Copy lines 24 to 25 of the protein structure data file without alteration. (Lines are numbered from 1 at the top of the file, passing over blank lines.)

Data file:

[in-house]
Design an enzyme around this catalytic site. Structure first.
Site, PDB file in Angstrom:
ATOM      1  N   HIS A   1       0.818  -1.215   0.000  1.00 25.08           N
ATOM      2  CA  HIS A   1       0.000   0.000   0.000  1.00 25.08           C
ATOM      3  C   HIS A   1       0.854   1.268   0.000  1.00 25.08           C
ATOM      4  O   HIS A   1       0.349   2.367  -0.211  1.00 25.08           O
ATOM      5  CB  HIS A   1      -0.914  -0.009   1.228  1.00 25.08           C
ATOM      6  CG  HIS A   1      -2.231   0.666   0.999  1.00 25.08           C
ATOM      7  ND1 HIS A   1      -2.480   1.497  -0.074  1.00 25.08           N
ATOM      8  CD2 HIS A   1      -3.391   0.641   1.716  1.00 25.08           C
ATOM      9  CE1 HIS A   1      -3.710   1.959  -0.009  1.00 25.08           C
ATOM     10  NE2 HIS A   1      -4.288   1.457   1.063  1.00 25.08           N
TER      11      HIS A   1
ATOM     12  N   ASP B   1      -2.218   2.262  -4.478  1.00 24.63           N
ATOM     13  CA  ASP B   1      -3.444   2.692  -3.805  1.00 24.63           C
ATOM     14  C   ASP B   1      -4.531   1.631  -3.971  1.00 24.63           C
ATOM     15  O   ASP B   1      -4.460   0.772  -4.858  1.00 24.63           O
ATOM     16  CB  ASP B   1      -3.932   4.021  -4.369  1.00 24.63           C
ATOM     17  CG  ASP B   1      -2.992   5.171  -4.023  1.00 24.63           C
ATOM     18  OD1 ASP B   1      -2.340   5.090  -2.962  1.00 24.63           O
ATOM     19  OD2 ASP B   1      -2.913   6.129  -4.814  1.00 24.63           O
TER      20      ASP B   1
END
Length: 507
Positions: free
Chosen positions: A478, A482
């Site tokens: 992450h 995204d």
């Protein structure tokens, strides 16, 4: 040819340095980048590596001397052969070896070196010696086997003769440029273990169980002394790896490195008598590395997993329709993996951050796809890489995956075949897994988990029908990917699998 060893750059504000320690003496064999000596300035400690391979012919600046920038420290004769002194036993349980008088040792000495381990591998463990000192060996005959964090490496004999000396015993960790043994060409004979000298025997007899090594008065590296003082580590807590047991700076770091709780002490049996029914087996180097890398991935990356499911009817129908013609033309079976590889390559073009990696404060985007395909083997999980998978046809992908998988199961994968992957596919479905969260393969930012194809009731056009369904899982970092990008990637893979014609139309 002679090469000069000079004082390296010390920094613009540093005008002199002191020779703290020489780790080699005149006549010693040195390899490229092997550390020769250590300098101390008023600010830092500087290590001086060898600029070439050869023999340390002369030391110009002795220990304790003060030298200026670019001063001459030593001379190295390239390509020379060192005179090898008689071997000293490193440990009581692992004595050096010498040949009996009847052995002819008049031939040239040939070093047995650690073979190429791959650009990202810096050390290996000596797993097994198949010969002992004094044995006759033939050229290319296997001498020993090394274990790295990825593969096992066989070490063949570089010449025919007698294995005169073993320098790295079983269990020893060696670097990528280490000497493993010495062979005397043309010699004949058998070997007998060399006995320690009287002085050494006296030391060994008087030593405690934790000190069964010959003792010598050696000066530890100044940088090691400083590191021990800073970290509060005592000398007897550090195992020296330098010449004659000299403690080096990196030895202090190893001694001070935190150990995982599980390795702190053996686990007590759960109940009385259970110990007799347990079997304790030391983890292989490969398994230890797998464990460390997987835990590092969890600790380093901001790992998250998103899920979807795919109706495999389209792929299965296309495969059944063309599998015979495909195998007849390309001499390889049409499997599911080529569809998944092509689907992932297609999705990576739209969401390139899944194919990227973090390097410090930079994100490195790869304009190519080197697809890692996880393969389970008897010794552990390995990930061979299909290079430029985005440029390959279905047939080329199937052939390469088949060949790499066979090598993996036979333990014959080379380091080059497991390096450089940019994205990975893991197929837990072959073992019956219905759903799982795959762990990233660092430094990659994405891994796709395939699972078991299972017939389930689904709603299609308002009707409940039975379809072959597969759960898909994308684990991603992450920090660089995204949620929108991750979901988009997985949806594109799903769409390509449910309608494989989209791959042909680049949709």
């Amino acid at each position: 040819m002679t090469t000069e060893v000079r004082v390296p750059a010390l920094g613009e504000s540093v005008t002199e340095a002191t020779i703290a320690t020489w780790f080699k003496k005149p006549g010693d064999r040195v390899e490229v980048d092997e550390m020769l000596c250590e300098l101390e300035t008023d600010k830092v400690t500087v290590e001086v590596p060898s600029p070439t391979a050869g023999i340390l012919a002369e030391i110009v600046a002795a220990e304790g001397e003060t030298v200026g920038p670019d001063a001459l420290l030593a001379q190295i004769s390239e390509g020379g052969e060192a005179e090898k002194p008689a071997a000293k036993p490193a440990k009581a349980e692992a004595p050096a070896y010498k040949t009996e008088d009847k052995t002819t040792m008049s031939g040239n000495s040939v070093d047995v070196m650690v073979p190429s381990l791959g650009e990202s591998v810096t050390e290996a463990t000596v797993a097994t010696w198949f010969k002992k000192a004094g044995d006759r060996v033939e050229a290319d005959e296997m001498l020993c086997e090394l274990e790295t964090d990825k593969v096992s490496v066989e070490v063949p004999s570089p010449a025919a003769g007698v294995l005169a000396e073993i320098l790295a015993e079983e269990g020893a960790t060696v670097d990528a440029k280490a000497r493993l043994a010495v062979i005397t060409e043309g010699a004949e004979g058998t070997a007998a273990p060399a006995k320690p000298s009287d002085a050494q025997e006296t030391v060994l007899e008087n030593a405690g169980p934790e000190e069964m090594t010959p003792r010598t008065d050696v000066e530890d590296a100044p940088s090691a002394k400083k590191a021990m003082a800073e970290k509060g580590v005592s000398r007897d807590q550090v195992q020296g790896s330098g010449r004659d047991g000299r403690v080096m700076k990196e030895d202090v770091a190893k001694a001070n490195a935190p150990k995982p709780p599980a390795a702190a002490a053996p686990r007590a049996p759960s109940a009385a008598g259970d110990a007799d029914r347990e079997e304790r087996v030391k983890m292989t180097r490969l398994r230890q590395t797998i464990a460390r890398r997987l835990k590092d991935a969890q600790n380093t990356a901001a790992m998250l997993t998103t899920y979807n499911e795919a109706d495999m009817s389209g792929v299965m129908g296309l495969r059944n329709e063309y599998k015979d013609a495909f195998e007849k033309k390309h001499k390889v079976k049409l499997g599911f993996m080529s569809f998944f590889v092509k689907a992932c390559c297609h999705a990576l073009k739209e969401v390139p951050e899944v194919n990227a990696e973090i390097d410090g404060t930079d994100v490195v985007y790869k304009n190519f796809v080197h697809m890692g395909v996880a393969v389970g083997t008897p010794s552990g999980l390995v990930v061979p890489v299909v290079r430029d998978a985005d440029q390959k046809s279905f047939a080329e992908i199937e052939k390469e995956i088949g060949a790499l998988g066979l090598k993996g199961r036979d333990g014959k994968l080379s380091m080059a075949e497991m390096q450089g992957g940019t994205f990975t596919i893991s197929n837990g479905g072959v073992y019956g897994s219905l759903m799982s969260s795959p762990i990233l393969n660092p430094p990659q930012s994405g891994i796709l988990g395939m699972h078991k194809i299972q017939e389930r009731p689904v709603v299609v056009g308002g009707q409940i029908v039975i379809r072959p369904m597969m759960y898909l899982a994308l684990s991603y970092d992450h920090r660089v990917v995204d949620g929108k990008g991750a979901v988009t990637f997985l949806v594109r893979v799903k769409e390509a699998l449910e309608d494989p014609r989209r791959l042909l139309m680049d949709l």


END
Length: 507